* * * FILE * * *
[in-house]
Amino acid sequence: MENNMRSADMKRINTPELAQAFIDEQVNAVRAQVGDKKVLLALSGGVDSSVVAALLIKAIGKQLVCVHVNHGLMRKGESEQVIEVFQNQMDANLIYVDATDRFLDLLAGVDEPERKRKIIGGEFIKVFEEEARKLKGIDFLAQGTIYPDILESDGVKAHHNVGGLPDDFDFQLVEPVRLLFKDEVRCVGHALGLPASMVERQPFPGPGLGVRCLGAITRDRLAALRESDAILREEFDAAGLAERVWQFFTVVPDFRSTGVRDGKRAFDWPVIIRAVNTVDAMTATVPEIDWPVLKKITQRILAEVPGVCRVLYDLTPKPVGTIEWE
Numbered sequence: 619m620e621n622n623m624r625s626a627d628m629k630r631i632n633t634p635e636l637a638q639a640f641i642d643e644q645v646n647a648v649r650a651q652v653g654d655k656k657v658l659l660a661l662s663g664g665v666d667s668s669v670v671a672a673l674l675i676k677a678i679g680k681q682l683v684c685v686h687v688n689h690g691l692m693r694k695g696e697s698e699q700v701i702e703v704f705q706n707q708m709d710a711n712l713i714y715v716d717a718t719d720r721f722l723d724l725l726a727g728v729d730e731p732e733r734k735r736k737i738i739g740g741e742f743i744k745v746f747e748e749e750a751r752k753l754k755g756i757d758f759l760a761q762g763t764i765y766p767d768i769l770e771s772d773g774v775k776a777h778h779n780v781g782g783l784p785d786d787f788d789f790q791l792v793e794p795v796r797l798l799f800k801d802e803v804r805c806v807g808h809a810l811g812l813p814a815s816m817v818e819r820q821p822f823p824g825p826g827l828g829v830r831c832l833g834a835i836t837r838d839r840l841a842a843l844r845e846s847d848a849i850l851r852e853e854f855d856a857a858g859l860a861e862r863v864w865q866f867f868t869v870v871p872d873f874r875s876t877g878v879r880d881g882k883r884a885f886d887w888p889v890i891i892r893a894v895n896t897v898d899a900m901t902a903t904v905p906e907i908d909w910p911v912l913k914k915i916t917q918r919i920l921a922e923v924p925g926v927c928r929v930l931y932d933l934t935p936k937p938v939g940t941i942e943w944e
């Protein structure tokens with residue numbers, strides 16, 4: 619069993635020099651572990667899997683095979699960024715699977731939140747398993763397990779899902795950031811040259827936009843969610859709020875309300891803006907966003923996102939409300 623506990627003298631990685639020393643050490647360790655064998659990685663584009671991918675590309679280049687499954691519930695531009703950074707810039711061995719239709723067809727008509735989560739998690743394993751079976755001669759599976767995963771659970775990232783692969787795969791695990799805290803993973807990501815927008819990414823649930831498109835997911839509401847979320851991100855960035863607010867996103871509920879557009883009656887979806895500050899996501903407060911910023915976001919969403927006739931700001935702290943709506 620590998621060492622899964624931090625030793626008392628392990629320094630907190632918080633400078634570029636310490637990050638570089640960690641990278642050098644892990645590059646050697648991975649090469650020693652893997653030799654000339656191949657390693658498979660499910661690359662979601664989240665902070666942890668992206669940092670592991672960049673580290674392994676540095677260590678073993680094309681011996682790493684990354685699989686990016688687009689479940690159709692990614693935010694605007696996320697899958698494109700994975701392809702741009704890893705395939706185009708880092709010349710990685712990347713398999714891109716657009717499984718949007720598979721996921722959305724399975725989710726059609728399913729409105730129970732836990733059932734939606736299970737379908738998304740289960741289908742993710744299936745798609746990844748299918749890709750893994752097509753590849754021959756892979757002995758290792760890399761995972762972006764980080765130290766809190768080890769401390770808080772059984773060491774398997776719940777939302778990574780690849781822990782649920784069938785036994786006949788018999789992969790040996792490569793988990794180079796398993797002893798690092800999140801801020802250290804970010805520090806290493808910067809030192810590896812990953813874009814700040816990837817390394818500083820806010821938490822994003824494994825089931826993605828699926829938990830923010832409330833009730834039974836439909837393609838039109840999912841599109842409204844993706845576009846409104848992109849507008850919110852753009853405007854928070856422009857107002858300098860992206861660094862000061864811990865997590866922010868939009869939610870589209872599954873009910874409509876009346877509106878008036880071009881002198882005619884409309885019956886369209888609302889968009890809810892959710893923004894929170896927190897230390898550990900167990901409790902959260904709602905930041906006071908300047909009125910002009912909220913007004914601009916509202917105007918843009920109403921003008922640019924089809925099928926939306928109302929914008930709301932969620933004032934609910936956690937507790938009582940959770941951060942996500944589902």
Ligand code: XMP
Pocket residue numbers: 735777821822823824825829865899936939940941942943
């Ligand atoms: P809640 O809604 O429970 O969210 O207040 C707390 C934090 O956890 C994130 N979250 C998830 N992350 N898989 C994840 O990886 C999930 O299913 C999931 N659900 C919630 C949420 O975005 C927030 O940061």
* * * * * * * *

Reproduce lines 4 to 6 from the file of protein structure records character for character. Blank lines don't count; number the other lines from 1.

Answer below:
């Protein structure tokens with residue numbers, strides 16, 4: 619069993635020099651572990667899997683095979699960024715699977731939140747398993763397990779899902795950031811040259827936009843969610859709020875309300891803006907966003923996102939409300 623506990627003298631990685639020393643050490647360790655064998659990685663584009671991918675590309679280049687499954691519930695531009703950074707810039711061995719239709723067809727008509735989560739998690743394993751079976755001669759599976767995963771659970775990232783692969787795969791695990799805290803993973807990501815927008819990414823649930831498109835997911839509401847979320851991100855960035863607010867996103871509920879557009883009656887979806895500050899996501903407060911910023915976001919969403927006739931700001935702290943709506 620590998621060492622899964624931090625030793626008392628392990629320094630907190632918080633400078634570029636310490637990050638570089640960690641990278642050098644892990645590059646050697648991975649090469650020693652893997653030799654000339656191949657390693658498979660499910661690359662979601664989240665902070666942890668992206669940092670592991672960049673580290674392994676540095677260590678073993680094309681011996682790493684990354685699989686990016688687009689479940690159709692990614693935010694605007696996320697899958698494109700994975701392809702741009704890893705395939706185009708880092709010349710990685712990347713398999714891109716657009717499984718949007720598979721996921722959305724399975725989710726059609728399913729409105730129970732836990733059932734939606736299970737379908738998304740289960741289908742993710744299936745798609746990844748299918749890709750893994752097509753590849754021959756892979757002995758290792760890399761995972762972006764980080765130290766809190768080890769401390770808080772059984773060491774398997776719940777939302778990574780690849781822990782649920784069938785036994786006949788018999789992969790040996792490569793988990794180079796398993797002893798690092800999140801801020802250290804970010805520090806290493808910067809030192810590896812990953813874009814700040816990837817390394818500083820806010821938490822994003824494994825089931826993605828699926829938990830923010832409330833009730834039974836439909837393609838039109840999912841599109842409204844993706845576009846409104848992109849507008850919110852753009853405007854928070856422009857107002858300098860992206861660094862000061864811990865997590866922010868939009869939610870589209872599954873009910874409509876009346877509106878008036880071009881002198882005619884409309885019956886369209888609302889968009890809810892959710893923004894929170896927190897230390898550990900167990901409790902959260904709602905930041906006071908300047909009125910002009912909220913007004914601009916509202917105007918843009920109403921003008922640019924089809925099928926939306928109302929914008930709301932969620933004032934609910936956690937507790938009582940959770941951060942996500944589902």
Ligand code: XMP
Pocket residue numbers: 735777821822823824825829865899936939940941942943